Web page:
Introduction to Classical Macroeconomic System:

The term ‘classical’ was used by Keynes who, by it, referred to all economists who were concerned with macroeconomic questions before the publication of J. M. Keynes General Theory of Employment, Interest and Money in 1936.

Modern economists believe that people like A. Smith. D. Ricardo, J. S. Mill etc., belonged to the classical school of thought while A. Marshall, A. C. Pigou, etc., were the neo-classical stalwarts.

The differences between these two economic thoughts were minor, as far as macroeconomics was concerned. That is why Keynes labelled their theory as ‘classical theory’. Here we will follow the Keynesian tradition.

In the classical doctrine, equilibrium level of income is determined by the availability of factors of production. This means that this theory puts emphasis on the supply side for the determination of the equilibrium level of income and thus neglects the demand side.


This supply-oriented classical approach to­wards income and employment was based on
certain assumptions. These are: (i) there is al­ways full employment of resources; and (ii) the economy always remains in the state of equilibrium, thereby ruling out the possi­bility of existence of general overproduction and general underproduction.

However, the assumption of full employment is based on another fundamental assumption of the classi­cal theory—the assumption of Say’s Law of Market. Keeping these assumptions in mind, classicists held that a free enterprise capitalist economy always ensures full employment au­tomatically through a mechanism known as wage-price’ flexibility. At the ruling wage rate, everyone is employed. Actual output equals potential output. There is no overproduction and underproduction.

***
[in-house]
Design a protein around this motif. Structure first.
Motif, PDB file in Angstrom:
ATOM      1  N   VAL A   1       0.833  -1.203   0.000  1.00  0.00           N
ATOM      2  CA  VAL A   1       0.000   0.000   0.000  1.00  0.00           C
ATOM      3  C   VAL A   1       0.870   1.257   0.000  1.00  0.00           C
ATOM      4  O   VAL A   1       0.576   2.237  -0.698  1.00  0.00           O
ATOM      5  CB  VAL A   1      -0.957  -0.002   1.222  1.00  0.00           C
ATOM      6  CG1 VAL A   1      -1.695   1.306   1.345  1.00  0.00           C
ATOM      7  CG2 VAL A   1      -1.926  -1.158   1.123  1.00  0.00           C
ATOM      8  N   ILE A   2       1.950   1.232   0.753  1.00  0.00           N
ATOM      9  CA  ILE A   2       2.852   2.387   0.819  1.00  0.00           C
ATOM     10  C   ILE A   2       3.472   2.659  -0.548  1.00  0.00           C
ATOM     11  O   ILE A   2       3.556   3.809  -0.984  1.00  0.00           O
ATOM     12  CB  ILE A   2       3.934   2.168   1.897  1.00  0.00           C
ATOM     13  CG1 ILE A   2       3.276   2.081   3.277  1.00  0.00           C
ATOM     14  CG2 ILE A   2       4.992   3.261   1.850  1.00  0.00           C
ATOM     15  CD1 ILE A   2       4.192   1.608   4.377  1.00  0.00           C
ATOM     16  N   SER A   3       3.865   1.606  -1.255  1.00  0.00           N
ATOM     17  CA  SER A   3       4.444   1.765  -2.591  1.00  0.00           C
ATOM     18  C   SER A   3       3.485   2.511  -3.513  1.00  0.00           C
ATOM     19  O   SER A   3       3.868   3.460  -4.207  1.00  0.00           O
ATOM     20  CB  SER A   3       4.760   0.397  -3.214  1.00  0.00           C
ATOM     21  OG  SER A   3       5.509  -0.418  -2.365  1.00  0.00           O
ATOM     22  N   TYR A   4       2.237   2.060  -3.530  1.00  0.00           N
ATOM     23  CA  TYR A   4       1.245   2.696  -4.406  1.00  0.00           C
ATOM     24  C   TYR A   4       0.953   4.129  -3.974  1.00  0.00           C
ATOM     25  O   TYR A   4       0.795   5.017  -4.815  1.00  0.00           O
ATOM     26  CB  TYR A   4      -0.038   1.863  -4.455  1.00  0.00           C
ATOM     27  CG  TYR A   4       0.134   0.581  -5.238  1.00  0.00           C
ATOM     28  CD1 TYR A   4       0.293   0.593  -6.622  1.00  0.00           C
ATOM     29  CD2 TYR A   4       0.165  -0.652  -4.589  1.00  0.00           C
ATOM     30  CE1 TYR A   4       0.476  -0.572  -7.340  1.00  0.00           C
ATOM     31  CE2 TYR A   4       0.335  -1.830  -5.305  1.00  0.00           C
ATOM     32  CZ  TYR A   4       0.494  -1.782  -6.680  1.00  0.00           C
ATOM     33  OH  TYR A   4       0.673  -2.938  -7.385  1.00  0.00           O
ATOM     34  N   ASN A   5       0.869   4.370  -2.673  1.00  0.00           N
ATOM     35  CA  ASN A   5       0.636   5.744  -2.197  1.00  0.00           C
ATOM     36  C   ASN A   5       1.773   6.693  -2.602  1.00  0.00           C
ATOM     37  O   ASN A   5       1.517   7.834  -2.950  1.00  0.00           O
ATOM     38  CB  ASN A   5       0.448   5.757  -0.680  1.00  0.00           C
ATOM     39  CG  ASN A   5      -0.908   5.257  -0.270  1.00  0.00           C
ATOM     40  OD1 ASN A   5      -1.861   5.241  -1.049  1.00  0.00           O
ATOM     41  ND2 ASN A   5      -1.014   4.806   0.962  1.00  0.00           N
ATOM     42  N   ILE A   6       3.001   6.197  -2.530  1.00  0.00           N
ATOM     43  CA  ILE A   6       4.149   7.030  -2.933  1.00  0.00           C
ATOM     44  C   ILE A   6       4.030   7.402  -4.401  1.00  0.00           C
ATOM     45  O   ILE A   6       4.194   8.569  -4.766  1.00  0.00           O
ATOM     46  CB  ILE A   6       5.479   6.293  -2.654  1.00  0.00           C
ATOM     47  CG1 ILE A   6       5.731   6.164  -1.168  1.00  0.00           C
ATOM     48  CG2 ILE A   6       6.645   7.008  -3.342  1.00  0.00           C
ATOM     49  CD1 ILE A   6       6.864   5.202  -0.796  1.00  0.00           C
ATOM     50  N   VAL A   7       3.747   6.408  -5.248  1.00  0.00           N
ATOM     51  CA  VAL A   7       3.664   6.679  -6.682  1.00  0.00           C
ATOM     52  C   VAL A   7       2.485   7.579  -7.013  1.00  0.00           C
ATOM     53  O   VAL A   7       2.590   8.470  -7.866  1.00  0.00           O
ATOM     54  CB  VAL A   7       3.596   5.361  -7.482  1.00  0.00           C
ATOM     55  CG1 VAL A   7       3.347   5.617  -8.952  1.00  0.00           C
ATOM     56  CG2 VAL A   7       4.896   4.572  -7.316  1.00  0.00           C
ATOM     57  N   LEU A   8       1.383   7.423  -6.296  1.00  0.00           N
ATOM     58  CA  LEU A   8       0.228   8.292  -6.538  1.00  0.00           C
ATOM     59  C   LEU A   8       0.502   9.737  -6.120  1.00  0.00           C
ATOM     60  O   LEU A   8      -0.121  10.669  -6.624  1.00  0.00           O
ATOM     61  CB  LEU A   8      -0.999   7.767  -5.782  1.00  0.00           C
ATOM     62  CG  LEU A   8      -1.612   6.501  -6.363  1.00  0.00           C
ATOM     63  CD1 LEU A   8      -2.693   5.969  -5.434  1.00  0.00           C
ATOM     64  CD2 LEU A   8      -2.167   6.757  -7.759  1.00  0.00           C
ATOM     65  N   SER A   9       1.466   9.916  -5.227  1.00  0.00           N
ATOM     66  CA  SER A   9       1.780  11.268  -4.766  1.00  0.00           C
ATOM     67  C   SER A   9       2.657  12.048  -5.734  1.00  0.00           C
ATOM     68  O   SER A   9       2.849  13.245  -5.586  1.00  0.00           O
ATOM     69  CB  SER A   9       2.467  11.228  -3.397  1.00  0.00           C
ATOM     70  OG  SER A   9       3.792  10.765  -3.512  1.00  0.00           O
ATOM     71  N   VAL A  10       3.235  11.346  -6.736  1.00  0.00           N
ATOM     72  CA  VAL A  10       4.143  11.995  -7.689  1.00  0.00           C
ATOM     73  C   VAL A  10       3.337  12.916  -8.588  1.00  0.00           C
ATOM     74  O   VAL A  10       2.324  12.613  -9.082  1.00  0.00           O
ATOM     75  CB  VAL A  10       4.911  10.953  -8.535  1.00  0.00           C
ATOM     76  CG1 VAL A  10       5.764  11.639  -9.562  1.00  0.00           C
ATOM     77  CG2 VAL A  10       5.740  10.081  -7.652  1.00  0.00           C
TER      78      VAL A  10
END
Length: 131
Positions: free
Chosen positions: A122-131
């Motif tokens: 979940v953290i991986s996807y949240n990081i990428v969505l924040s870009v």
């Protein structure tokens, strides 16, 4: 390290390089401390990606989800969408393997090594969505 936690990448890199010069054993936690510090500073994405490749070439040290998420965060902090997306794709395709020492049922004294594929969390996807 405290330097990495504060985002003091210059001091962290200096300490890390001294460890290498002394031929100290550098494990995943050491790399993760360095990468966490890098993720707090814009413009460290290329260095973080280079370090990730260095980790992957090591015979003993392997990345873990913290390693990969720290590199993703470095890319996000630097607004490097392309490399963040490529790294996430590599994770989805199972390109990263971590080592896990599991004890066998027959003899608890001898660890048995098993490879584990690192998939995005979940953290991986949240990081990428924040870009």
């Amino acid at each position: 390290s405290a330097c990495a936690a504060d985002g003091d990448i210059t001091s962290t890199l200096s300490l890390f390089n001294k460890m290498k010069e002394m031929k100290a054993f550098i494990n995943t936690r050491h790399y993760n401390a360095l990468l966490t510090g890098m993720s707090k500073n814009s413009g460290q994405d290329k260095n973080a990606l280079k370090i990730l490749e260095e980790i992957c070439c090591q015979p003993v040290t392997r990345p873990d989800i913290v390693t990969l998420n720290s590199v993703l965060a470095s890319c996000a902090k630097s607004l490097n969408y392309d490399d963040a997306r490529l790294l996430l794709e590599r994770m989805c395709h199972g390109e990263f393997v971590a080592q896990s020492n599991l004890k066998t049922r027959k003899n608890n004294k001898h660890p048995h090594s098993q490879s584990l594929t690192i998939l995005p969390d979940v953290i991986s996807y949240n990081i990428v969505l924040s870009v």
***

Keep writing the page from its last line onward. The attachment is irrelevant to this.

Say’s Law of Market:

The classical theory of employment is based on Say’s Law of Market. (This law goes after the name of a French economist, J. B. Say.) The essence of the Say’s Law is : “Supply creates its own demand.” People sell goods to get other goods (i.e., barter economy and also money economy). Therefore, the supply of one good involves demand for some other goods. Let us assume that there are ‘n’ different commodities whose supplies are S1, S2 … Sn. Likewise, there are demand for such commodities, labelled as d1, d2… dn. Following Say’s Law, we can say that supply of all goods must equal the demand for all goods, i.e.,


If there are excess supply of any commodity, there must be excess demand for another commodity. Equation 3.1 says that excess supplies are matched by excess demands. Total volume of output does not differ from the level of demand—the act of supplying commodities is simply an act of demanding commodities. J. B. Say argued that the supply of all goods are identically equal to the demand for all goods.


If so, there can be no oversupply or undersupply of goods. Every increase in production made possible by increase in the productive capacity or the stock of fixed capital increases demand exactly by the same amount so that the possibility of overproduction is ruled out. This law, thus, stands out as a denial of the possibility of underemployment equilibrium. Whenever there are lapses from full employment situation, these are then automatically removed by the working of price mechanism (wage-price flexibility).